Here's what it might look like in its natural habitat. We'll see how this project develops, and how long it'll take to finish. It's presumable that all involved will work on it on and off for quite some time, but that's the nature of non-commercial projects. All those crowd funded films seem to take forever to finish up, but it's eventually they do get made and released, and we should all be much happier for it. Every finished little rogue movie points the way for more of the same, and perhaps also to the future of film making as we know it. 




10 comments:

Brian O'Connell said...

WOO-HOO!

McTodd said...

Magnificent!

Kelston Hubler said...

That is a great puppet.

Kingovrats is a really cool artist. His Great old designs are sublime.

Honestly, I have tons of projects I've announced but never finished. It's frustrating, buts it's part of the idea process. Besides, you can always reuse those ideas.

On your deviantart page, can you do your interpretation of the Mbwun beast from Relic? Or the sea creatures from Journey to the Centre of the earth? That would be cool.

Another question: Have you ever considered THE DOOM THAT CAME TO SARNATH? It's a good dreamlands story, and it would be awesome to see Bokrug destroy Sarnath.

I have some new stuff on my blog, talking about my new 50s era short film. Do you have any opinions on how to animate a giant insect?

Great to hear from you again.

Kelston Hubler

Brian O'Connell said...

@Kelston-Hubler That's the reason why I scooped him up for the project. His Old Ones are FANTASTIC. Did you see his other designs for our film?

I personally think that Richard should take a crack at a mini-epic version of "THE DREAM-QUEST OF UNKNOWN KADATH" (think "Terror from the Abyss" by your colleagues). He has zoogs, he has ghouls, and he has Nyarlathotep...why not give it a go?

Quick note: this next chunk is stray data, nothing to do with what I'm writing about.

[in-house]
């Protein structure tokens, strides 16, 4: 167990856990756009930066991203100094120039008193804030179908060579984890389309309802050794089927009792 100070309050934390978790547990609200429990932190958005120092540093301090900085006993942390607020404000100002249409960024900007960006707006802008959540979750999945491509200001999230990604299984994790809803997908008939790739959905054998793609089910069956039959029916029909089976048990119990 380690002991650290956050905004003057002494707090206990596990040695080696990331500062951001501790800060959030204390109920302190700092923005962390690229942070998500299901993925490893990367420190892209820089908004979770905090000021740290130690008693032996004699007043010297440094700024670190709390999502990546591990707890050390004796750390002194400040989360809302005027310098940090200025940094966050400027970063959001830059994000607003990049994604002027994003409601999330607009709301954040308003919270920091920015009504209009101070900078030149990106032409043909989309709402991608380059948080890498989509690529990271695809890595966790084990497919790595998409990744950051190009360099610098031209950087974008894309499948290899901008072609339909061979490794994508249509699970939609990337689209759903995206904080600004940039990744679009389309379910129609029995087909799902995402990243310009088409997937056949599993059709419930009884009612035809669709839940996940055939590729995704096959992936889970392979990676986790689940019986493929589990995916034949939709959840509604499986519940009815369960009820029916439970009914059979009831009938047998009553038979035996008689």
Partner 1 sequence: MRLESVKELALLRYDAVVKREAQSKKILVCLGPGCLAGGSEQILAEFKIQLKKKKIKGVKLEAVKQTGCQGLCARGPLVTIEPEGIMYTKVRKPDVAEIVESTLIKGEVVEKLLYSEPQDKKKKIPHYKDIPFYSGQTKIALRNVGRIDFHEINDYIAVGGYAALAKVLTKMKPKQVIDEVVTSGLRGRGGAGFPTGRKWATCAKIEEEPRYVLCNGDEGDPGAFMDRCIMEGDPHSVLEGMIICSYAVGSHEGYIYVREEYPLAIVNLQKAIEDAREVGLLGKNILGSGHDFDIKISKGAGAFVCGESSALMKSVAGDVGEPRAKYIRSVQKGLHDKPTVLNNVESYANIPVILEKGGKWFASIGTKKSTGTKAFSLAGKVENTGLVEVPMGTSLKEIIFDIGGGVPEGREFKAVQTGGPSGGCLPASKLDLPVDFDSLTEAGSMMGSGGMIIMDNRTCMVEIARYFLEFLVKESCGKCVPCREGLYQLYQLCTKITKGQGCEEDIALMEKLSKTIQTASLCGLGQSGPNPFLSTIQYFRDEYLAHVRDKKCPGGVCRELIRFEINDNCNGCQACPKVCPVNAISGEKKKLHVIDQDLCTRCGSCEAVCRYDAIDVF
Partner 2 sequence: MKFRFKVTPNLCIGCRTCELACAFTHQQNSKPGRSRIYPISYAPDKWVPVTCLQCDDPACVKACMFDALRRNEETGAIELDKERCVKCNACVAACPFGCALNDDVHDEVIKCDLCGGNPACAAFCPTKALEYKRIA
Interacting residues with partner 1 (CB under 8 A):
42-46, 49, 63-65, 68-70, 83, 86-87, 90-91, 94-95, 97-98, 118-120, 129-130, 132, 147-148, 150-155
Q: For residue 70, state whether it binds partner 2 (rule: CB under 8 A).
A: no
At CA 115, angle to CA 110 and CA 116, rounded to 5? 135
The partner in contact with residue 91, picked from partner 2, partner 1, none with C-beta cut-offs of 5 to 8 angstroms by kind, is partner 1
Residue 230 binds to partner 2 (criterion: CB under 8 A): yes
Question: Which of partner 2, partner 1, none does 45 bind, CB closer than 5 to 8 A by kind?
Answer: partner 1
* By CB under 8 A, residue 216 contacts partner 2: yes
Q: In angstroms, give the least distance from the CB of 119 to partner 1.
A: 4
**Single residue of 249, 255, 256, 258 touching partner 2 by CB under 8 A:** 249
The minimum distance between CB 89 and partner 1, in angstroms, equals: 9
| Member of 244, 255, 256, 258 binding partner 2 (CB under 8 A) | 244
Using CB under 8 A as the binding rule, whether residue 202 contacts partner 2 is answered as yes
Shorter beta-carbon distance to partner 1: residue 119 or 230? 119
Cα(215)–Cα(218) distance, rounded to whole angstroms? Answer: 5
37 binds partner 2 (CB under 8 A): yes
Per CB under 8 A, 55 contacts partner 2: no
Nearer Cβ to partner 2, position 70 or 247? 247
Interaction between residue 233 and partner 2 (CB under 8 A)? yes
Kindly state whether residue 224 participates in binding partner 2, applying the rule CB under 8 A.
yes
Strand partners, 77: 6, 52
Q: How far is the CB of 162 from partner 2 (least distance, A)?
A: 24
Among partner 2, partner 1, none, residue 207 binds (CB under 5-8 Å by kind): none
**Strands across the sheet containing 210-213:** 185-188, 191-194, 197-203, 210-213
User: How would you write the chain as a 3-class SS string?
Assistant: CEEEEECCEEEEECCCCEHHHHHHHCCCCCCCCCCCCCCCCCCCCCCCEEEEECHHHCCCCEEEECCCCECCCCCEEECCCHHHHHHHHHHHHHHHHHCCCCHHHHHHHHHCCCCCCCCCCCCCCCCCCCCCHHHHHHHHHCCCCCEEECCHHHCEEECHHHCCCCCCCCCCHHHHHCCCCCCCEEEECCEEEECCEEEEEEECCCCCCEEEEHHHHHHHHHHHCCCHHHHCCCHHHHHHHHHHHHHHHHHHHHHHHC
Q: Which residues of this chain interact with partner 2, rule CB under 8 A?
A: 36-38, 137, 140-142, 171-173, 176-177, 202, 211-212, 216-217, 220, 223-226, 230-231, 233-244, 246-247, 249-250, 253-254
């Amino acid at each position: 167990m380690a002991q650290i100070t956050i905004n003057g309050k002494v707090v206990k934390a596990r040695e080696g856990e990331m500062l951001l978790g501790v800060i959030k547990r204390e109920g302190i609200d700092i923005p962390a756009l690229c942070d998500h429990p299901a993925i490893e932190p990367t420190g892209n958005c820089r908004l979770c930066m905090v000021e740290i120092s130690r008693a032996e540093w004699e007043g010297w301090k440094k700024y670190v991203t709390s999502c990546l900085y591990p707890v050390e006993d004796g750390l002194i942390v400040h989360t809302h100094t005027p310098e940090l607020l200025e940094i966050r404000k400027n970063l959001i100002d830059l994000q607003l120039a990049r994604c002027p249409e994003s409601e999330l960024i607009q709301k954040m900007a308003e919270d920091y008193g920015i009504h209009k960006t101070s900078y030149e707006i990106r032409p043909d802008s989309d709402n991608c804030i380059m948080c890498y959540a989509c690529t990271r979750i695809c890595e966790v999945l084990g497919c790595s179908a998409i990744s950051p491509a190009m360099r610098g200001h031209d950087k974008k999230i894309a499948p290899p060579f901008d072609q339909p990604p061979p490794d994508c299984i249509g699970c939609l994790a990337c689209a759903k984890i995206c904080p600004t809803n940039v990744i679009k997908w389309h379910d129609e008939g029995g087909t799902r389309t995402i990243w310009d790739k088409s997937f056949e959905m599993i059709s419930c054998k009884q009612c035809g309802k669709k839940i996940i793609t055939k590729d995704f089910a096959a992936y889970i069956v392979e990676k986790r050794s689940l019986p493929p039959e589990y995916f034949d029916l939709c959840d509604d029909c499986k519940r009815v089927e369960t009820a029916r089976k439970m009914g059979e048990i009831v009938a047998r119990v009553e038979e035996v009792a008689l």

Kelston Hubler said...

Yeah, that would be cool. The dreamlands have so many cool monsters in it, would be a seriously fun movie.

I saw a couple designs. Very surreal and creepy. I like the ghouls. Makes me wonder what lovecraft would think about his extensive fandom. I also like kingovrats depiction of Mbwun. Very skeletal and creepy, looks a hybrid of a walker and a gorilla.

Have you read FRAGMENT? It's a really good sc fi novel, wrath a read.

Good luck on the project. I can't wait to see it.

Brian O'Connell said...

@Kelston-Hubler Seeing the scene on the Moon would be great, but I'd DIE to see him do the Underworld sequence. Richard: you have a ghoul, you have a gug, you have a night-gaunt...all you need is a ghast and a few voice actors and BOOM! You have what many people consider to be the high point of a monster-packed novel.

I think so too. :)

Have not read "Fragment", but I'll have to now!

And thank you. I hope it turns out alright.

Richard Svensson said...

Brian: A friend and I have spent the past three years planning out a doable version of "Dream-Quest", so it will eventually happen. We'll try to get started sometime during 2015.

Brian O'Connell said...

WOO-HOO AGAIN!

Kelston Hubler said...

That will be awesome. ANOTHER thing to be excited for in 2015. Good luck on that project.

Kelston Hubler

David P. Geister said...

Richard, you have been busy - and the work looks GREAT, as always. Bravo!